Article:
Now, as I said, I never saw the young Cars in clubland, but it felt, to me, like this is sorta what it might have been like given (of course, there’s no Orr and Ocasek singing and the lead vocals were mostly handled by Santos). Did this, for Hawkes, have echoes of early Cars, down in the Rat basement or whatever?

“In a way, yes,” he says. “Part of that might be Eddie Japan’s enthusiasm. They really do a great job of learning all the parts and figure out the drum machine sound. They definitely have put a lot into it. So, their enthusiasm along with playing in smaller venues – it is more direct. When you’re playing bigger places, for me it is a little more remote just by the nature of it. The Cars didn’t go out of their way to …” Here, Hawkes – who was the most visibly animated Car on stage – pauses. 

Eddie Japan with Greg Hawkes (Image: Joshua Pickering)

I mention mine (and others) perception of the arena-level Cars as being icy, remote and stoic. “That’s a valid perception of the band,” Hawkes says, “and it’s not inaccurate. … With The Cars, especially around the Heartbeat City era [1984], we were performing along with sequencers. A lot which was good and bad. For myself, even though I might have been one of the guys who was encouraging that, at the time, these days when performing I prefer to do it as little as possible. Just one song ‘Since You’re Gone,’ the quick part that starts the song that uses drum machine sequencer. Everything else is played completely live. 

“We were looser in our Rat phase, more aggressive, I guess. We had that enthusiasm. We wanted to show people we could do this. You have that drive to succeed.”

So, at some real level, for Hawkes this is fun and games time. They climbed the mountain, had a pretty good time of it. This is not, to mix metaphors, quite a “victory lap” per se, but time to get some kicks, a chance to get out, play the songs that brought him and the band fame and fortune. Without any pressure to make more of it or take it further.

It should be noted this is not Hawkes’ first time spinning the wheels of the old vehicle. There were the New Cars in 2007 – Hawkes, guitarist Elliot Easton, Todd Rundgren, The Tubes drummer Prairie Prince on and either Kasim Sulton or Adam Ellis on bass. In May of 2011, supporting the Move Like This album, Hawkes, Easton, Ocasek and drummer David Robinson played a handful of small theater/club gigs and at Lollapalooza.

One nice wrinkle about the Hawkes/Japan set: While Santos sings most leads – and he’s got the Orr and Ocasek tics and tone just right – Drohan sings lead on “Just What I Needed,” and “You’re All I’ve Got Tonight.” Both of those from The Cars were explicitly male-centered – duh – and they did capture the tenor of the times – ironic pickups, temporary release, no promises of love everlasting. Just having Drohan sing those, well, “I love her voice – they both do a great job – but I like the other perspective, switching the gender.”

I’m quite certain women approached nightlife and potentially fleeting relationships in a not dissimilar manner. Detached quick hits.

Drohan also sang lead on “Cruiser,” “Dangerous Type,” “Bye Bye Love,” “All Mixed Up,” and The Motels’ “Only the Lonely, one of only two non-Cars songs. The other choice was also Hawkes-centric, Rundgren’s “I Saw the Light.” Hawkes and company played 21 Cars songs, hits and deep catalog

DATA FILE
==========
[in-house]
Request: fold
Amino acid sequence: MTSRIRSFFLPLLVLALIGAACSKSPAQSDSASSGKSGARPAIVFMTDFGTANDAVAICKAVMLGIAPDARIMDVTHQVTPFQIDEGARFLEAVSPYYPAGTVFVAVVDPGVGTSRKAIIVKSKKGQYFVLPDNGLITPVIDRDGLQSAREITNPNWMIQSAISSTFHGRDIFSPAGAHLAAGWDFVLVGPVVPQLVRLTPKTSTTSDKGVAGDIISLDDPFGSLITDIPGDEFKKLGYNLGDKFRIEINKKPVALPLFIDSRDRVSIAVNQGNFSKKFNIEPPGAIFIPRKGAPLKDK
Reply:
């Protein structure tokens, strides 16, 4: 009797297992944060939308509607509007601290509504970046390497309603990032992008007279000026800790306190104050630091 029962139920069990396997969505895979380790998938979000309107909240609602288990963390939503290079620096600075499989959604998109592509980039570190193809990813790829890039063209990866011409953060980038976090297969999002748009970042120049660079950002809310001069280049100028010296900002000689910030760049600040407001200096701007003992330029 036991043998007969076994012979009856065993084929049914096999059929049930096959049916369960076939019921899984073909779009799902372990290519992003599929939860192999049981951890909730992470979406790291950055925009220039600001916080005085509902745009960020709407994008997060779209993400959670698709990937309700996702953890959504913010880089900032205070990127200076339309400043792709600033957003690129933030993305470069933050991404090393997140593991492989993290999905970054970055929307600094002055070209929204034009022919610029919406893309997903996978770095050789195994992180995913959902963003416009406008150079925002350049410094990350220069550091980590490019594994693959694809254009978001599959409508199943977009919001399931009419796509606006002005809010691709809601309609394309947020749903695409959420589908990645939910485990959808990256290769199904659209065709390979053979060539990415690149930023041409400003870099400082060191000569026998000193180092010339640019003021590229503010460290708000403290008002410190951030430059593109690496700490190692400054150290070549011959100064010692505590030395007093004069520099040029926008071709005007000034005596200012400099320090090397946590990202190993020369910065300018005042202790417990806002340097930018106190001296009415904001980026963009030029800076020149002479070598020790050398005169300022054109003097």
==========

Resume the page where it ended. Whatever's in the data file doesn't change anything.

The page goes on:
Obviously, it’s been a symbiotic relationship for Eddie Japan. “We’ve become a better band as a result of these shows with Greg,” says Santos. “Playing those superbly crafted songs has informed our own music and made all of us better musicians and performers. It’s also added this wonderful extra layer to being in a band. We get to do our own music, but we also have this special gift of presenting The Cars music with Greg. We consider ourselves very lucky.”

It doesn’t hurt their visibility, says Santos: “Playing with Greg these last few years has definitely exposed Eddie Japan to folks who might not have otherwise heard of us. There is a very active Facebook group dedicated to Greg, and it’s been lovely to be welcomed and embraced by the group’s members. People who come to the shows often ask about our original music, so it’s nice that they are curious. We’re releasing a record soon and Greg plays on two tracks, so I imagine his fans will enjoy hearing his keys on new music.”

As to The Cars back in the club days and how it compared to this night, I turned to M. Howell, a longtime friend and former Boston Phoenix music critic, saw The Cars back in the day (and also attended the Hawkes/Japan gig). 

He writes: “In the autumn of 1977, as [college station] WTBS and [commercial powerhouse] WBCN gave them airplay they had a visibility other bands couldn’t match, The Cars were a hard-working club band playing a low-rent array of struggling clubs equipped with difficult stages and dubious sound systems, playing for sweaty youths who might be punks or art students or often both. The titans of Live Aid, Friday’s, SNL, and arenas across the globe were far in the distance. 

Back then, Ben Orr would shamelessly wink and flirt, Elliot Easton would get all pumped for his turn at the mic (“Something Else”), Ric Ocasek would chuckle as he chewed gum. Irresistible hooks, skittery rhythms, and beat poetry into one big bubble. David Robinson oversaw everything from the back. Greg Hawkes bobbed off to the side – we mostly saw him during the four-guitar encore, “Take What You Want.”

That’s The Cars I first took notice of and the one I followed around [from club to club]. Greg Hawkes/Eddie Japan wasn’t exactly that. But it’s the closest I’ve come in a long while.





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Jim Sullivan

Jim Sullivan has written for The Boston Globe, Boston Phoenix, the Boston Herald, Boston Common, the Christian Science Monitor, and Creem. Follow him on Twitter @jimsullivanink.